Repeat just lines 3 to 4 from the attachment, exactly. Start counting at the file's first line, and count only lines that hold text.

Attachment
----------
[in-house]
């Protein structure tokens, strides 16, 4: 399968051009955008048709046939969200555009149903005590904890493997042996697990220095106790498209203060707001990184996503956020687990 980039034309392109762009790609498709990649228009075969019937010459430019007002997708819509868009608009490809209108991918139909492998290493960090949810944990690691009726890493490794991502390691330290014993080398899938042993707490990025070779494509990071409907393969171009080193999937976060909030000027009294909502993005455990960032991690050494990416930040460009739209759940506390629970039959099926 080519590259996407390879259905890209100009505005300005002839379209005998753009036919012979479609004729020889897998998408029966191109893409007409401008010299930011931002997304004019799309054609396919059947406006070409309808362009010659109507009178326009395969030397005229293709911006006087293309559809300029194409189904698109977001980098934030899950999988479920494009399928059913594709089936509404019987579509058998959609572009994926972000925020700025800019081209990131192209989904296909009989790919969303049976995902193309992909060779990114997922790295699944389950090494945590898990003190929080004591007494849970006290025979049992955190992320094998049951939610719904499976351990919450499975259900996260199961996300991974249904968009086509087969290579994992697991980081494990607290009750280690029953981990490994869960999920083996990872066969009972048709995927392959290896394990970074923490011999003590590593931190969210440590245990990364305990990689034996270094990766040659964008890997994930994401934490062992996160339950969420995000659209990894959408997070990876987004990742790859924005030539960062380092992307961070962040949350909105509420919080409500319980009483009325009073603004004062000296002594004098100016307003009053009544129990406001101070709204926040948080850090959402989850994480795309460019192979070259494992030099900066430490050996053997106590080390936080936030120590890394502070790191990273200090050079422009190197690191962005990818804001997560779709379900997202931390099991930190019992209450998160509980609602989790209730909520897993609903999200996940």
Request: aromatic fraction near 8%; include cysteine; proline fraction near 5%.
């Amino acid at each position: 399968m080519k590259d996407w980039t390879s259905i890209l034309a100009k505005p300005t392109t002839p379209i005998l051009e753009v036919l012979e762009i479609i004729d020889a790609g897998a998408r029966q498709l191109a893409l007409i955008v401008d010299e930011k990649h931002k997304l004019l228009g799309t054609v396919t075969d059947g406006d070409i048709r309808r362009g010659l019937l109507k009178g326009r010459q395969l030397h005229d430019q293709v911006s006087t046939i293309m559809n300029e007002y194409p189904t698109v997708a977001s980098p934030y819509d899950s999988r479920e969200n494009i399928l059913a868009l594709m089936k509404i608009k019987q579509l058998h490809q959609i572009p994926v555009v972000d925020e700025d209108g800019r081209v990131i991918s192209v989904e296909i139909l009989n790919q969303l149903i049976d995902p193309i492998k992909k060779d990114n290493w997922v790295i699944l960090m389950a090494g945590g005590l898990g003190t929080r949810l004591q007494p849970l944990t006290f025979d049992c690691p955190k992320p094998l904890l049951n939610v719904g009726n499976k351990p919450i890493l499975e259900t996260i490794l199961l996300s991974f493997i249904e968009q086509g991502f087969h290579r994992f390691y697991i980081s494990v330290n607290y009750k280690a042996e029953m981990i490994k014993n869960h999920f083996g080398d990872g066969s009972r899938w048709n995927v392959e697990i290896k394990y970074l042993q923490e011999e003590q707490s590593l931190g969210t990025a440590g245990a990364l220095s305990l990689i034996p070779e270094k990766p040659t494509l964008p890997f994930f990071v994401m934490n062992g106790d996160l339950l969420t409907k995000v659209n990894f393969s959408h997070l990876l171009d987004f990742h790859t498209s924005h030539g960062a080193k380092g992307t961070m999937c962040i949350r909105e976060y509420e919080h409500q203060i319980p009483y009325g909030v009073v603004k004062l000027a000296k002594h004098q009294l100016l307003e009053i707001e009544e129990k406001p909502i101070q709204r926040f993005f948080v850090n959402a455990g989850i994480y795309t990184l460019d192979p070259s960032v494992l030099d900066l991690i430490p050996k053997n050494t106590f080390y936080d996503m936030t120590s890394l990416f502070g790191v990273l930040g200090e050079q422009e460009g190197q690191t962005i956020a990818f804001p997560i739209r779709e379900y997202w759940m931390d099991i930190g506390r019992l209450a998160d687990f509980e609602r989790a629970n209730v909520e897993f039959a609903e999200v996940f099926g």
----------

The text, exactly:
Request: aromatic fraction near 8%; include cysteine; proline fraction near 5%.
């Amino acid at each position: 399968m080519k590259d996407w980039t390879s259905i890209l034309a100009k505005p300005t392109t002839p379209i005998l051009e753009v036919l012979e762009i479609i004729d020889a790609g897998a998408r029966q498709l191109a893409l007409i955008v401008d010299e930011k990649h931002k997304l004019l228009g799309t054609v396919t075969d059947g406006d070409i048709r309808r362009g010659l019937l109507k009178g326009r010459q395969l030397h005229d430019q293709v911006s006087t046939i293309m559809n300029e007002y194409p189904t698109v997708a977001s980098p934030y819509d899950s999988r479920e969200n494009i399928l059913a868009l594709m089936k509404i608009k019987q579509l058998h490809q959609i572009p994926v555009v972000d925020e700025d209108g800019r081209v990131i991918s192209v989904e296909i139909l009989n790919q969303l149903i049976d995902p193309i492998k992909k060779d990114n290493w997922v790295i699944l960090m389950a090494g945590g005590l898990g003190t929080r949810l004591q007494p849970l944990t006290f025979d049992c690691p955190k992320p094998l904890l049951n939610v719904g009726n499976k351990p919450i890493l499975e259900t996260i490794l199961l996300s991974f493997i249904e968009q086509g991502f087969h290579r994992f390691y697991i980081s494990v330290n607290y009750k280690a042996e029953m981990i490994k014993n869960h999920f083996g080398d990872g066969s009972r899938w048709n995927v392959e697990i290896k394990y970074l042993q923490e011999e003590q707490s590593l931190g969210t990025a440590g245990a990364l220095s305990l990689i034996p070779e270094k990766p040659t494509l964008p890997f994930f990071v994401m934490n062992g106790d996160l339950l969420t409907k995000v659209n990894f393969s959408h997070l990876l171009d987004f990742h790859t498209s924005h030539g960062a080193k380092g992307t961070m999937c962040i949350r909105e976060y509420e919080h409500q203060i319980p009483y009325g909030v009073v603004k004062l000027a000296k002594h004098q009294l100016l307003e009053i707001e009544e129990k406001p909502i101070q709204r926040f993005f948080v850090n959402a455990g989850i994480y795309t990184l460019d192979p070259s960032v494992l030099d900066l991690i430490p050996k053997n050494t106590f080390y936080d996503m936030t120590s890394l990416f502070g790191v990273l930040g200090e050079q422009e460009g190197q690191t962005i956020a990818f804001p997560i739209r779709e379900y997202w759940m931390d099991i930190g506390r019992l209450a998160d687990f509980e609602r989790a629970n209730v909520e897993f039959a609903e999200v996940f099926g």